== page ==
Japanese Knotweed Damage And How To Minimise It
Japanese Knotweed is an aggressive and highly invasive plant, originally native to parts of East Asia, it was introduced to the UK in the 19th century as an ornamental plant.
Through soil movements, it has spread rapidly in certain areas, often with the more industrial ones being worse hit than others.
Millions of pounds per year is spent in the UK on Knotweed control and removal, with much of that spent addressing and preventing Japanese Knotweed damage.
Knotweed has become infamous because it can cause significant damage to foundations and infrastructure including drains, walls and pipes.
Japanese Knotweed also possesses the ability to outcompete both native and garden plants, significantly reducing local biodiversity and amenity value of outdoor spaces.
In this article, we’ll explain why Japanese Knotweed is a problem and what damage it can cause.
How Japanese Knotweed Spreads
Japanese Knotweed can spread quickly underground due to its ability to grow horizontally below ground at alarming rates.
The fast growing canes and wide leaves of Japanese Knotweed quickly overshadow and crowd out other plants and the roots run deep, usually to around 2 metres but we have seen it as deep as 3.5 metres.
The nature of the plant makes it extremely difficult for homeowners and property owners to control once it has become established.
Possibly Japanese Knotweed’s greatest competitive feature is its ability to regrow from even the smallest fragment of rhizome which means humans have unwittingly spread this plant across the UK and many other countries.
Coupled with Knotweed’s ability to grow through tarmac and masonry, you can see why Japanese Knotweed damage can lead to significant devaluation to residential and commercial properties and make them unsaleable without a Treatment Plan, Management Plan and Insurance Backed Guarantee in place.
Signs Of Japanese Knotweed Infestation
The most obvious sign that you have Japanese Knotweed on your property are the distinctive bamboo-like clusters of stems that suddenly spring up in early spring, the numbers and size depending on the scale and severity of the infestation.
These stems have distinctive green leaves with reddy-purple flecks and dense clusters of white flowers from August onwards.
These can grow incredibly quickly, reaching up to 10 feet tall and also have deep and complex root structures that penetrate several metres into the ground below.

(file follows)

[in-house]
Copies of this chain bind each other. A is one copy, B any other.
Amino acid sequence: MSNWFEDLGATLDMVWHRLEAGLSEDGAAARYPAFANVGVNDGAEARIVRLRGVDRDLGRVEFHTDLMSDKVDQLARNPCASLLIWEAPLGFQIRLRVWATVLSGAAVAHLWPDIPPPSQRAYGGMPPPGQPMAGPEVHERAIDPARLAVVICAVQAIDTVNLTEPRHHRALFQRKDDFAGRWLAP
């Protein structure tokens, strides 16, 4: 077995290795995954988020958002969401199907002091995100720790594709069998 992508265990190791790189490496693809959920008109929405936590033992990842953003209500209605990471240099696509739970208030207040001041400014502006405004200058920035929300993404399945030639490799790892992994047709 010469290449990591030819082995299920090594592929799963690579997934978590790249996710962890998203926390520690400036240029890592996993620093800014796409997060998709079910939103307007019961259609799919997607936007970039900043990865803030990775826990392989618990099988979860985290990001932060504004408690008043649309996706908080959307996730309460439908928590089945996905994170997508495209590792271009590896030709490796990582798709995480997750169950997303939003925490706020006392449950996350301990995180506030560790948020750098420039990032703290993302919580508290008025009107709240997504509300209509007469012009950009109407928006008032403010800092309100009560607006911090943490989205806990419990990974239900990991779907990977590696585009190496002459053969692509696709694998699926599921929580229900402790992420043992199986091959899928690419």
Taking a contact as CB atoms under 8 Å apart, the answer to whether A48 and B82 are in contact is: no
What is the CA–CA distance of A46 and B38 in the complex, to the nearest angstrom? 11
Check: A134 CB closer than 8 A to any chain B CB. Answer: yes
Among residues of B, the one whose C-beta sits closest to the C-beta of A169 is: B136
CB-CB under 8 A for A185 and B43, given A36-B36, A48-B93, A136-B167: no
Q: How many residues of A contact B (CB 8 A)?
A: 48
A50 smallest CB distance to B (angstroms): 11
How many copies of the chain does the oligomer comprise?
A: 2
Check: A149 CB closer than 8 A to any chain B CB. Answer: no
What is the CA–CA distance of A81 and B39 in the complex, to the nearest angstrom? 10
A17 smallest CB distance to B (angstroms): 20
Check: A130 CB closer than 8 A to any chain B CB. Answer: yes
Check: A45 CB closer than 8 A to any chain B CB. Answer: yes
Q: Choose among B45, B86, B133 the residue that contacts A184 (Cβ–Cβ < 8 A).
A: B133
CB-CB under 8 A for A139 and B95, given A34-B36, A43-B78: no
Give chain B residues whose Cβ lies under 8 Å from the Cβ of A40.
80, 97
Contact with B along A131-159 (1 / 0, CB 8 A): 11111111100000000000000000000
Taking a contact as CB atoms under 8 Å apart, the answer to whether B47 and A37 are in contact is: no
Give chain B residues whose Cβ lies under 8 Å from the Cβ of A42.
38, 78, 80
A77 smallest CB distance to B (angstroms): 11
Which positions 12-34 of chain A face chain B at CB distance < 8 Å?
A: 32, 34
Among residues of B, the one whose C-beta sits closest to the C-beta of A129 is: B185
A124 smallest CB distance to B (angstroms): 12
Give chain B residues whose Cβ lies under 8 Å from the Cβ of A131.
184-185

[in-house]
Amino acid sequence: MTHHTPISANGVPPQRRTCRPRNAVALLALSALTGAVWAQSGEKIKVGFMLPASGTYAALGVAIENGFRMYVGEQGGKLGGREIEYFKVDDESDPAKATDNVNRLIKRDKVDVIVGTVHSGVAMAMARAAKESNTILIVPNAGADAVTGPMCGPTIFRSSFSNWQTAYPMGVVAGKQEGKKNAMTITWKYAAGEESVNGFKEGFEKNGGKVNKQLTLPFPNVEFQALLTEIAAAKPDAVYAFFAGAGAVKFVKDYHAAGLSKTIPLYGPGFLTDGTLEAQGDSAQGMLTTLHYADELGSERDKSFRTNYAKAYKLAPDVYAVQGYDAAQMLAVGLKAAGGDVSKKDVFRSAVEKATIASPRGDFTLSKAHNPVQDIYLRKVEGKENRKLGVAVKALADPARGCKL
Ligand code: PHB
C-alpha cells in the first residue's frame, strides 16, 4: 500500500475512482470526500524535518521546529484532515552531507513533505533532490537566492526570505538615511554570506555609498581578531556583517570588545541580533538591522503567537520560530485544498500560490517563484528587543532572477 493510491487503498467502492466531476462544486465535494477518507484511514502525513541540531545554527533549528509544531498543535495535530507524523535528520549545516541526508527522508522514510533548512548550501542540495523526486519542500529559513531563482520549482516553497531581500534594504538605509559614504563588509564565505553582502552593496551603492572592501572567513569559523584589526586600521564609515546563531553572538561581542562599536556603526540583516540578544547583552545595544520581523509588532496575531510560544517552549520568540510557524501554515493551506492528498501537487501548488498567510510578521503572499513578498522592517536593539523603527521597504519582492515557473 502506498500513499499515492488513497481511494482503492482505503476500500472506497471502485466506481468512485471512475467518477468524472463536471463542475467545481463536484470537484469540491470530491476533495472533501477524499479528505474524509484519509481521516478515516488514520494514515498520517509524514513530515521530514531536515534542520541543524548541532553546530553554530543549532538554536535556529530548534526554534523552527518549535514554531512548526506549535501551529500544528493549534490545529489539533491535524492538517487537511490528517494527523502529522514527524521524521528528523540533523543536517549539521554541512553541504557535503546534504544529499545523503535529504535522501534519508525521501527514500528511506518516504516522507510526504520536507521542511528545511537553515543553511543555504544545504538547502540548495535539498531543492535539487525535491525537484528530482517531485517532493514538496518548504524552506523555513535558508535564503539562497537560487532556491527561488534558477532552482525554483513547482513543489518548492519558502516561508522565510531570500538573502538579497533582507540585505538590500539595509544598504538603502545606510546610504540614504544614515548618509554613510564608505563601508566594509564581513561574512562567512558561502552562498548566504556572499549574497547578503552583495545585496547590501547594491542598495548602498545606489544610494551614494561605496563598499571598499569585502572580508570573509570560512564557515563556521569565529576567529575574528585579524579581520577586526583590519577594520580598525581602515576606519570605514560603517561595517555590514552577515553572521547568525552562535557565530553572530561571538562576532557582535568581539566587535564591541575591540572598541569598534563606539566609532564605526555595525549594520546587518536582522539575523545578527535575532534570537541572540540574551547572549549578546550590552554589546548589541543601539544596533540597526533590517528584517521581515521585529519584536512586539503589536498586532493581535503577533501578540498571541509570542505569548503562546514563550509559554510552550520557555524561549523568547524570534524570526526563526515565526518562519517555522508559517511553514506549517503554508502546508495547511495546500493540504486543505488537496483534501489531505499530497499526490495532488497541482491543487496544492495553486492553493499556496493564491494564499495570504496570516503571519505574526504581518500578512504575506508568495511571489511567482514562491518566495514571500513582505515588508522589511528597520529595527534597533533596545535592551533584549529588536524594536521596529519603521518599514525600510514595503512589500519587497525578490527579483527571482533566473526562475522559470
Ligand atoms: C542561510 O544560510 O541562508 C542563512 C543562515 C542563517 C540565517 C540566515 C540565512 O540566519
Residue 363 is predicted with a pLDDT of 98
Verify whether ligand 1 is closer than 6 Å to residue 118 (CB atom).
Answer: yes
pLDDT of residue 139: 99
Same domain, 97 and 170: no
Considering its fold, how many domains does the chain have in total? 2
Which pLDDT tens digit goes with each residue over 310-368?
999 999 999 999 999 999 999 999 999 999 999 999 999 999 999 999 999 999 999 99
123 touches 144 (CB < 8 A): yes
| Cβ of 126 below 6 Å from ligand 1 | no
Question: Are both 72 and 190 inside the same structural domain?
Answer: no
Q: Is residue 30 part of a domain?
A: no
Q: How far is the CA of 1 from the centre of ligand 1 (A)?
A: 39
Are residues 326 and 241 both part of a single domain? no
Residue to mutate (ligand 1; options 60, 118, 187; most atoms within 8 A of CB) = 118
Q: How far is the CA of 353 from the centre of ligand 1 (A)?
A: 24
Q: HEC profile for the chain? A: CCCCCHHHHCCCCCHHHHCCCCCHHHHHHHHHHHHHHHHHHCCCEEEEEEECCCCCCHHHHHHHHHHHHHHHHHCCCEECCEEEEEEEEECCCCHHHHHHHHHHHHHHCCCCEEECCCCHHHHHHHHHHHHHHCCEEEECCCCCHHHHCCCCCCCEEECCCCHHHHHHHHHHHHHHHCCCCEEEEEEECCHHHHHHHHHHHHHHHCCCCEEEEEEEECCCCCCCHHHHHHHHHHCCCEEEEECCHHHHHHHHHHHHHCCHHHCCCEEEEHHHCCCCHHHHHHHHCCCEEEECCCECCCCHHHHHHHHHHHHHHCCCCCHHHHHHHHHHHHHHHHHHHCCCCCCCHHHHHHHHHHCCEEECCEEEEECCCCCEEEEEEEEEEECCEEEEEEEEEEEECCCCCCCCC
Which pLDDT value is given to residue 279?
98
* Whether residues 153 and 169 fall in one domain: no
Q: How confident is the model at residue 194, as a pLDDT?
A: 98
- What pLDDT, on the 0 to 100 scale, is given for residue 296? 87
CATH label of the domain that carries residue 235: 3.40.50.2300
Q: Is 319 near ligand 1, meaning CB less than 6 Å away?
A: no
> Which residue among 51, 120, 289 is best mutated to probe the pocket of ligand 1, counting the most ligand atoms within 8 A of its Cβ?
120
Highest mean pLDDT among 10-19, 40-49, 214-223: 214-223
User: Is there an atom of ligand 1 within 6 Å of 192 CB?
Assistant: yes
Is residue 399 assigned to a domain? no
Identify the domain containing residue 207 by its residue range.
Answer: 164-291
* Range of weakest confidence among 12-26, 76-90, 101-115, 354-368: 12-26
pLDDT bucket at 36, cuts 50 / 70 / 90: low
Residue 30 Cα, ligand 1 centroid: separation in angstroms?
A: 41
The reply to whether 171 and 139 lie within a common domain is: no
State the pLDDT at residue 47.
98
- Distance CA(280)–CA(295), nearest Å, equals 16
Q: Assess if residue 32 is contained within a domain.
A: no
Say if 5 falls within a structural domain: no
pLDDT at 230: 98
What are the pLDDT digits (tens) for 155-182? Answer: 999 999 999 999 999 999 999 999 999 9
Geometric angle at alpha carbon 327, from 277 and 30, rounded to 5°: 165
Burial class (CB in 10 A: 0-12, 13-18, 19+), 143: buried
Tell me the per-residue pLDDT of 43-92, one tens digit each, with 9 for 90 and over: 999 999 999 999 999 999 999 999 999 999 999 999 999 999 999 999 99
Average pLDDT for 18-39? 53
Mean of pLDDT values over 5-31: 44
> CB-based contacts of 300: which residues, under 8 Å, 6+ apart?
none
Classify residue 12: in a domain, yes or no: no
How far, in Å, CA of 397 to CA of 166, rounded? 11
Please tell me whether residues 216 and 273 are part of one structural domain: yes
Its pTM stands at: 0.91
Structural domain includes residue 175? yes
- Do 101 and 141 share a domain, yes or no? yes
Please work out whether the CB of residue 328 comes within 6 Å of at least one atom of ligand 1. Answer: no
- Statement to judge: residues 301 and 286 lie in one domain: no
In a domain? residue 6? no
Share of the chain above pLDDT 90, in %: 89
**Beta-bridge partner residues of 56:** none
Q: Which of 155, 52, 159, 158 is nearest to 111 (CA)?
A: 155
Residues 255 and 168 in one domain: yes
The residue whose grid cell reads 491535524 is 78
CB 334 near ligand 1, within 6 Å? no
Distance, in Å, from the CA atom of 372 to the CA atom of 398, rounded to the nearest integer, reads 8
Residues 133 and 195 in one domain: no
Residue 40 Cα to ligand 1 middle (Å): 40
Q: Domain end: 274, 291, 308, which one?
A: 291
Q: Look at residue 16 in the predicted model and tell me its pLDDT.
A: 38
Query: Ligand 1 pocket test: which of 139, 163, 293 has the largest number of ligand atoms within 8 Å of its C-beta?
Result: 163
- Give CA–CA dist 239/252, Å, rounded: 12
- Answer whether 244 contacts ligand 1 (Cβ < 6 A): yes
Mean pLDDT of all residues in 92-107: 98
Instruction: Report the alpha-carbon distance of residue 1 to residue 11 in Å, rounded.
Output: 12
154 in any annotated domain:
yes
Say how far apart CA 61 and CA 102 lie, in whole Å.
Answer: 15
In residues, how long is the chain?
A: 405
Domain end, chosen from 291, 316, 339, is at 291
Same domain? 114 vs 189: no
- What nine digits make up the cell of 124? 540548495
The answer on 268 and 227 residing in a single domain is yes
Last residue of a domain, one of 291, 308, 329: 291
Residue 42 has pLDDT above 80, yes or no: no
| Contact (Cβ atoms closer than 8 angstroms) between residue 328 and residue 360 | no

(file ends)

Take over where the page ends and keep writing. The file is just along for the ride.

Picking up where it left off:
In addition, Japanese Knotweed can also cause structural damage in a variety of different ways; garden walls can start to lean, tarmac cracks and paving slabs lift!
In extreme situations, the invasive and powerful roots are capable of breaking through masonry foundations and walls, being known to damage roads, pavements and even flood defences.
Japanese Knotweed damage is not confined to the built environment; the weed’s invasive and fast spreading nature coupled with its ability to grow quickly over a short period of time means that river banks can become completely dominated with a monoculture of Knotweed where nothing else green exists.
Their aggressive growth habit is also known to contribute to soil erosion, particularly on river banks which then releases more fragments of rhizome during periods of flooding with increased erosion.
What To Do If You Suspect Japanese Knotweed
Acting fast is key when Knotweed is detected as any delay in treatment could allow the infestation to take hold. It is important, whether you have a domestic or commercial property, to be aware of not just the potential damage and removal of Knotweed but also the difficulties that may arise when selling the property.
It’s always best to get professional advice and at Clearsafe Knotweed we offer a free, no-obligation initial survey within 48 hours, so you can have peace of mind or start planning next steps.
We are also always happy to look at a photo to give you a quick opinion and you can book also video calls on our website if you would prefer.
If it is Knotweed, we will then act fast to get a plan in place to ensure the infestation is dealt with before any further spread or damage can occur; we can offer a full treatment and management plan along with an insurance backed guarantee or just individual treatments.
What You Shouldn’t Do
Only a few chemicals are approved for Japanese Knotweed treatment for good reason; diesel, hypochlorite and other industrial chemicals are certainly no better at killing Japanese Knotweed but they are much worse for the environment than purpose made herbicides.
Do not ‘re-purpose’ other chemicals for Japanese Knotweed treatment.
Do not try to attack the plant mechanically or with fire, it will do virtually nothing to reduce the strength pf the plant, it’s likely to spread plant matter that can regrow and there will also be no leaves left to treat with herbicides.
Actually the best thing you can do is to protect the plant until it is treated.
Do not move any soils or other plants from within a few metres of the plants to other locations, it may contain Japanese Knotweed rhizome which can regrow.
Do not pull stems out once they are dead, you may detach small pieces of rhizome that are then transported to a new location.
It’s better to cut or snap then off just above the surface; once they are completely dead and dried out they can be composted or left on the ground.
Remember, although the presence of Japanese Knotweed on your property can seem like the ‘end of the world’, with prompt action you can minimise any potential negative effects on your home or commercial property so give us a call today and let us get to the root of your problem.